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Finding Lee

A new book finds a Southern author reckoning with the myth of the Lost Cause.


Over the past year, Richmond has been racked by protests over racism and police violence, the Confederate statues and other war memorabilia from the Civil War. As several statues have been removed, one still stands – that of Gen. Robert E. Lee on the city’s grand Monument Avenue.

So who was Lee, exactly? What was the war about? It seems amazing that 155 years after the war ended, such questions are still being asked.

With brilliant timing, a new book is out that has provocative ideas about the mythology created about Lee and the whole point of what it means to be Southern. This goes to the heart of Richmond’s existence and its current troubles.

In “Robert E. Lee and Me,” retired Army general and former paratrooper Ty Seidule says that the whole point of the war was about keeping the horrible practice of slavery in perpetuity. It wasn’t about state’s rights. Black slaves were not happy and protected campers.

This might seem obvious but in his highly personal book Seidule, who was raised in Virginia and Georgia, lays out very well just how the phony mythology evolved.

He writes: “One of the foundations of the Lost Cause myth was the near deification of Robert E. Lee as the perfect example of an educated Christian gentleman. A Marble Man without sin.”

In fact, Seidule writes, Lee was a traitor who took up arms against his country even though he had sworn an oath to protect the United States. Lee wasn’t that great a general, according to the author, and he benefitted greatly from the slaves he controlled. He could have freed them before the war but did not.

It would be hard to challenge Seidule because of his credentials. He has a doctorate from Ohio State and taught history at the U.S. Military Academy and rose to head of that department. When he started his classes, he had a moment of clarity: “Why were there so many memorials to Lee at West Point?

Seidule spent his early years in Alexandria in a home that hung pictures of Lee and other Confederate favorites like Thomas “Stonewall” Jackson. Like Richmond, Alexandria had been a major slave trading market before the Civil War.

His father taught history at Episcopal High School, a prestigious prep school in Alexandria which from 1870 to 1981 had headmasters who were either a Confederate veteran or a veteran’s descendant. Seidule says he totally bought into the ideals at the school and wanted most in life to be a Southern gentleman.

The author was also an undergraduate at Washington and Lee University in Lexington, which, of course, Lee led for several years before dying in 1870. Immediately, Lexington and Richmond battled over where his body would be buried.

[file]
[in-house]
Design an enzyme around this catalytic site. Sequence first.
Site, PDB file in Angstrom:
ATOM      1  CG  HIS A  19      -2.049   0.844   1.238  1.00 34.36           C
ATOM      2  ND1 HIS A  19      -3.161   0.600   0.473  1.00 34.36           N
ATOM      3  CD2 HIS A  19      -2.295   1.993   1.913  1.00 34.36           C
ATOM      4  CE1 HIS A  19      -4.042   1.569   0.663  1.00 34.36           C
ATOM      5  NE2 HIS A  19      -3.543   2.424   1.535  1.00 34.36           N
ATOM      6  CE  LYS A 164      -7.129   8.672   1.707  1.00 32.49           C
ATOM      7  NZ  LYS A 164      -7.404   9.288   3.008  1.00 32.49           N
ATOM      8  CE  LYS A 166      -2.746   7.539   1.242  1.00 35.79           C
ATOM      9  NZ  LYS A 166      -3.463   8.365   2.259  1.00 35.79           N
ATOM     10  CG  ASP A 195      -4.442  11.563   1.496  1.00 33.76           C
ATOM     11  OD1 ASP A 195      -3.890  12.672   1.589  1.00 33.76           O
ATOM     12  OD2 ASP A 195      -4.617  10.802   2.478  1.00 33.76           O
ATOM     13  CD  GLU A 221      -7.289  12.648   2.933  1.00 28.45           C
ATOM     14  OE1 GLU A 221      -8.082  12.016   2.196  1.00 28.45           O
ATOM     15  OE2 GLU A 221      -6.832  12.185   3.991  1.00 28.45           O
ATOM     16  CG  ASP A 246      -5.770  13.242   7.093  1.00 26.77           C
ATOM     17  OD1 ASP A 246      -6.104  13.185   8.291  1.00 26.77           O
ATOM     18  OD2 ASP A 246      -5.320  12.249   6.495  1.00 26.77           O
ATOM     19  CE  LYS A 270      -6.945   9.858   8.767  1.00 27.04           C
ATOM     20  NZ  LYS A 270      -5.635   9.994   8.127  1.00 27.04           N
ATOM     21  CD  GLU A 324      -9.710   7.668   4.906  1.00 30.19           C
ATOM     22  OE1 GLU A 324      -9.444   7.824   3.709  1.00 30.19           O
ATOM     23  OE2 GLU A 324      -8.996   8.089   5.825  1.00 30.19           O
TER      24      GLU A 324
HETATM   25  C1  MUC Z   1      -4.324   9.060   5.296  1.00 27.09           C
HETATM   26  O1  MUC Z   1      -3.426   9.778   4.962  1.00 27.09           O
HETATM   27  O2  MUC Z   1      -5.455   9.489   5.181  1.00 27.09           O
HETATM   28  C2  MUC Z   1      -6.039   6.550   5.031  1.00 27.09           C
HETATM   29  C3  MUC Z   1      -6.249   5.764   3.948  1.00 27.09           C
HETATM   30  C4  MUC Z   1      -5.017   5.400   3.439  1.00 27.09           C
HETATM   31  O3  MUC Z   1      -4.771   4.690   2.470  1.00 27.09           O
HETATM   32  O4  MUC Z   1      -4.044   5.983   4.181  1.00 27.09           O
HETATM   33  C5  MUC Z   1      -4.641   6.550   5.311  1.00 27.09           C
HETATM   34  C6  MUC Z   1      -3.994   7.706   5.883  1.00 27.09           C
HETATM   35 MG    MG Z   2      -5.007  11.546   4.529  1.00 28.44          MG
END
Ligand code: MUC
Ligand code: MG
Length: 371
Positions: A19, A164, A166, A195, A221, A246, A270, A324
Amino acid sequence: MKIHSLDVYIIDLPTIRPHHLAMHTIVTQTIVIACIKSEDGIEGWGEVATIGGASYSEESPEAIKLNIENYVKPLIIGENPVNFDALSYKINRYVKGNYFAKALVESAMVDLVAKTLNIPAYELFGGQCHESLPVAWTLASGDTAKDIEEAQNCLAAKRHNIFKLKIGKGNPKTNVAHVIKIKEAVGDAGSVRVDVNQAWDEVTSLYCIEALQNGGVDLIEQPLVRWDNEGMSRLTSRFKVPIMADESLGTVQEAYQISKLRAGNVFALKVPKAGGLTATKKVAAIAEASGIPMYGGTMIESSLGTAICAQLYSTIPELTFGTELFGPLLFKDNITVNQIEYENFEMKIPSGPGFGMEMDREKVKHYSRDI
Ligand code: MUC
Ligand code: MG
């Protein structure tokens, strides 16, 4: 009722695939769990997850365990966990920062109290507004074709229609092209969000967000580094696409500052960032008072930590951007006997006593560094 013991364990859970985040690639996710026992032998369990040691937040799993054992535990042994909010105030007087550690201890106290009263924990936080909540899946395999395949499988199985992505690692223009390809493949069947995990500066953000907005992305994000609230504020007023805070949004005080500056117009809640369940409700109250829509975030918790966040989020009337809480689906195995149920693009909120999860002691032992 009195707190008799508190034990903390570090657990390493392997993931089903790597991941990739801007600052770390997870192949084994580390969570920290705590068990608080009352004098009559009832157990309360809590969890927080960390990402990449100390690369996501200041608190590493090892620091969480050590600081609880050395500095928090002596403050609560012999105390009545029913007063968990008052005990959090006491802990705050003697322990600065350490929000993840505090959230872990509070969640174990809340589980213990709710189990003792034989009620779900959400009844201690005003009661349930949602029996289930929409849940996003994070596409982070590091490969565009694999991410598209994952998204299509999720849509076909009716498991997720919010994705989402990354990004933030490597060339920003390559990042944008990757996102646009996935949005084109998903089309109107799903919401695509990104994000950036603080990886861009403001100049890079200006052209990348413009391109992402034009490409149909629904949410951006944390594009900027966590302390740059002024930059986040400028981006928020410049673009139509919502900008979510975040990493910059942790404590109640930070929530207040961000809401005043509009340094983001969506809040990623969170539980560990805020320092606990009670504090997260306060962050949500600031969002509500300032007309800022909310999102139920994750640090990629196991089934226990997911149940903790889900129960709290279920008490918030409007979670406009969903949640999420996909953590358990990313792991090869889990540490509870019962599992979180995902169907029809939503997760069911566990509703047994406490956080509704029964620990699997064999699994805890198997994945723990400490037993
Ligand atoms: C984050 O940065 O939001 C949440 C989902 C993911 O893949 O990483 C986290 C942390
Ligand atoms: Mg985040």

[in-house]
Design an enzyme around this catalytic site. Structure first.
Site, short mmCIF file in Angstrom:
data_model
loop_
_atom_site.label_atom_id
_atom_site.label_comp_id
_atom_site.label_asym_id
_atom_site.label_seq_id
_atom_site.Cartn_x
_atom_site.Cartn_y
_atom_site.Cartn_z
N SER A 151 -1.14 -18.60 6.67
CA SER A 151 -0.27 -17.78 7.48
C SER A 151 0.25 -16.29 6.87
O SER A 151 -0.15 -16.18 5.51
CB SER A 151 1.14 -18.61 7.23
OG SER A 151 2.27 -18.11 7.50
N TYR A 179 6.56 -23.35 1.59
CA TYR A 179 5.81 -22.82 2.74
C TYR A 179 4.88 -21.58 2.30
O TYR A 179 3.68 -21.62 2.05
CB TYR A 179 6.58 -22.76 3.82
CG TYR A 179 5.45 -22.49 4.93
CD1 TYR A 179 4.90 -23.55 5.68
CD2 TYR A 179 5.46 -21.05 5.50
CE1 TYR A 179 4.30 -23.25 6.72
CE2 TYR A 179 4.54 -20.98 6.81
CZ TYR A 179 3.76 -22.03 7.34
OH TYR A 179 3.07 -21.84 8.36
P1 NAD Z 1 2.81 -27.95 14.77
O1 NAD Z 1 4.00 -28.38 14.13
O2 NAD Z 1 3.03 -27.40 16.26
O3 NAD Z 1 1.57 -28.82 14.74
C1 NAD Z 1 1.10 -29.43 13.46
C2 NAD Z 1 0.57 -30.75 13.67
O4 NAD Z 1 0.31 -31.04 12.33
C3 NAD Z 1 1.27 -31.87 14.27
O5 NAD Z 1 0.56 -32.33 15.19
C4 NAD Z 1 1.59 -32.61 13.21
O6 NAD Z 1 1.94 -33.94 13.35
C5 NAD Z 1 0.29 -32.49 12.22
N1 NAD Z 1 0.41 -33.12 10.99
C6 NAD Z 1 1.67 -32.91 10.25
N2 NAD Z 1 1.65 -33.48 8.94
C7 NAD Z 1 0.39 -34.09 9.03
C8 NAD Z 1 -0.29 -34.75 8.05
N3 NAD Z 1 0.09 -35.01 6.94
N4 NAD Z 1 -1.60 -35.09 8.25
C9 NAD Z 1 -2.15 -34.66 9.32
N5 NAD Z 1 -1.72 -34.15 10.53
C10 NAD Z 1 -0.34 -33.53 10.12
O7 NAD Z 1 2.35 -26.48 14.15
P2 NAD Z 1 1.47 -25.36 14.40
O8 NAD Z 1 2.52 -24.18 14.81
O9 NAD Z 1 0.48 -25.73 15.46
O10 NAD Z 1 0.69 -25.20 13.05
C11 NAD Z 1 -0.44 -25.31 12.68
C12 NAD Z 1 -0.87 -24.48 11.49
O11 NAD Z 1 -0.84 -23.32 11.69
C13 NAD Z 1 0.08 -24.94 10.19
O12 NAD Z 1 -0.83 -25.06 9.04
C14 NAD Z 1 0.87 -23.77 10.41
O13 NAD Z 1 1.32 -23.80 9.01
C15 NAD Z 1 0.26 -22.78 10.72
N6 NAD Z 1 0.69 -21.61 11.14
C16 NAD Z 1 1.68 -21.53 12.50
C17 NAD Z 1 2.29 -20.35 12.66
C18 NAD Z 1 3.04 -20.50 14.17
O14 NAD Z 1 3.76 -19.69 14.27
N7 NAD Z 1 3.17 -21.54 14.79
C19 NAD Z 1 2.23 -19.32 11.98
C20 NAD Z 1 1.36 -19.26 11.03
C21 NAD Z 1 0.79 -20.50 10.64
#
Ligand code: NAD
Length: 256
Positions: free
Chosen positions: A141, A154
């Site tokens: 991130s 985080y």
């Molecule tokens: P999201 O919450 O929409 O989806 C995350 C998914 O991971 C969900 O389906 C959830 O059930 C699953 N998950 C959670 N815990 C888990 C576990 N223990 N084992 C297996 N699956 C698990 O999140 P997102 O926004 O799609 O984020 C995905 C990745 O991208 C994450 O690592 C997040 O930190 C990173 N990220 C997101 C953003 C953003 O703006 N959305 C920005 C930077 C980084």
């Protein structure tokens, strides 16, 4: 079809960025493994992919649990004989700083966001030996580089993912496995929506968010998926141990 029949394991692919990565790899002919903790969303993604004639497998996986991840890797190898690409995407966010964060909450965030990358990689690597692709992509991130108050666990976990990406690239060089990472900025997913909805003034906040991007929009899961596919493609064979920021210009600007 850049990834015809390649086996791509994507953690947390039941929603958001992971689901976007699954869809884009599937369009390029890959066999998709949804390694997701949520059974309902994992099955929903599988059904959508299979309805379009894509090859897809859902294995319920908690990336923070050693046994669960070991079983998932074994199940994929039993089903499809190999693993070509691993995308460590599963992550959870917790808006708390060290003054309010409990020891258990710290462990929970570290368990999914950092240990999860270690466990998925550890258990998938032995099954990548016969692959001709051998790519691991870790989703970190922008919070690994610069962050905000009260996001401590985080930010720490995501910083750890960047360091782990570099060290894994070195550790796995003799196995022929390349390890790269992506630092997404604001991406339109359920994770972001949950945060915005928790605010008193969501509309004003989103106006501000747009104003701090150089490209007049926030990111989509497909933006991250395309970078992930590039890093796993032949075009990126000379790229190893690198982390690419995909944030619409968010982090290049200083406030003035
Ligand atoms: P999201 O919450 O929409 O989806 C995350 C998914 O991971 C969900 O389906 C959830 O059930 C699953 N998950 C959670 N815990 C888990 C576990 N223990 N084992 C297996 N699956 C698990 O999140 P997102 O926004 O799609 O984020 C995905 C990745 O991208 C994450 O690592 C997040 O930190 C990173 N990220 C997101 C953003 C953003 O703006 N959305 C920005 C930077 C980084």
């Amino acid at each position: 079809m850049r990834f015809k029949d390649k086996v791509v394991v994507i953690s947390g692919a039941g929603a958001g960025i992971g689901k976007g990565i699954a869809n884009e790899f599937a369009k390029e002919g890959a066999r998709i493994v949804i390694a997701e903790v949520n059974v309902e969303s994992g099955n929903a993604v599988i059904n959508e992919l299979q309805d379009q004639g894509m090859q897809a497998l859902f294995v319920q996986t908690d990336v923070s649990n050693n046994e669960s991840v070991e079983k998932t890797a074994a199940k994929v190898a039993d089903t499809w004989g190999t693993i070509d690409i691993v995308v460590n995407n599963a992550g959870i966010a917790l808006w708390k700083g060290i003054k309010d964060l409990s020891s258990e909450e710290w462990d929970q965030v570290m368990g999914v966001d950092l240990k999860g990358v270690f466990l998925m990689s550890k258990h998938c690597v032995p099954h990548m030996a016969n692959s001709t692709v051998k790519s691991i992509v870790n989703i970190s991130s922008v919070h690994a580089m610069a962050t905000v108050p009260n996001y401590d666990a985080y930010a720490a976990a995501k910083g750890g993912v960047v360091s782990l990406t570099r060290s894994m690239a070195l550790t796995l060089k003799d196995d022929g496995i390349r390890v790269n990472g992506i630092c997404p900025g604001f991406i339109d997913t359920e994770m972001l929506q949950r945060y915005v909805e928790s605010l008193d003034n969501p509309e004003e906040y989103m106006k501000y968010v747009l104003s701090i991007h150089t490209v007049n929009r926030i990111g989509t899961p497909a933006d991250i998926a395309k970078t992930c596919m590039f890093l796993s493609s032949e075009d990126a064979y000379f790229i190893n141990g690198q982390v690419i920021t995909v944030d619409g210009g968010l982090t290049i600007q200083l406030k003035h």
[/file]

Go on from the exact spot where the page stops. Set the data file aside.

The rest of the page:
It took a few more years for the Lee deification to intensify as federal occupation troops left the South and a wave of white supremacy such as Jim Crow laws and lynching swept the region.

By 1890, the concept of Lee as a savior had become so intense among Richmond’s white leadership that the big statue was put up. Many others followed in the city. Style Weekly writer Ed Slipek has reported that there are nearly 100 statues, memorials or street names pushing so-called Confederate heroes in the city.

Richmond’s newspapers contributed mightily to myth building, Seidule notes.

The Richmond Times-Dispatch evoked the mythology when it opposed integration in the 1950s and 1960s. Richmond News Leader editor Douglas Southall Freeman won a Pulitzer Prize for his highly favorable, multi-volume biography of Lee.

According to Freeman, Lee’s decision to go over to the Confederacy was one “he was born to make.” Seidule disagrees, noting that when the war broke out, the U.S. Army had eight colonels from Virginia. Lee was the only one to turn his back on his U.S. officer’s oath.

Children’s education was warped to sanctify Lee, according to Seidule. Patronizing and historically inaccurate movies like Walt Disney’s “Song of the South” and Margaret Mitchell’s novel “Gone With the Wind” helped mold children’s minds.

In the 1950s into the 1970s, textbooks approved by Virginia educators claimed that as slaves “Negroes learned to enjoy their work.” Whippings, which were actually very common, were chiefly used for “correcting children.” Lee approved giving some of his slaves the lash. Seidule writes, “As a schoolkid in Virginia, I never received an honest accounting of slavery.”

One issue that especially bothers Seidule is a letter Lee wrote to the Confederate secretary of war with the coming of the Emancipation Proclamation in 1863. Lee said that it was a ”savage and brutal policy … which leaves us no alternative but success or degradation worse than death, if we could save the honor of our families from pollution, our social system from destruction.”

Seidule points out that “pollution” is the rape of white women by Black men – a possibility that terrified white supremacists then as now.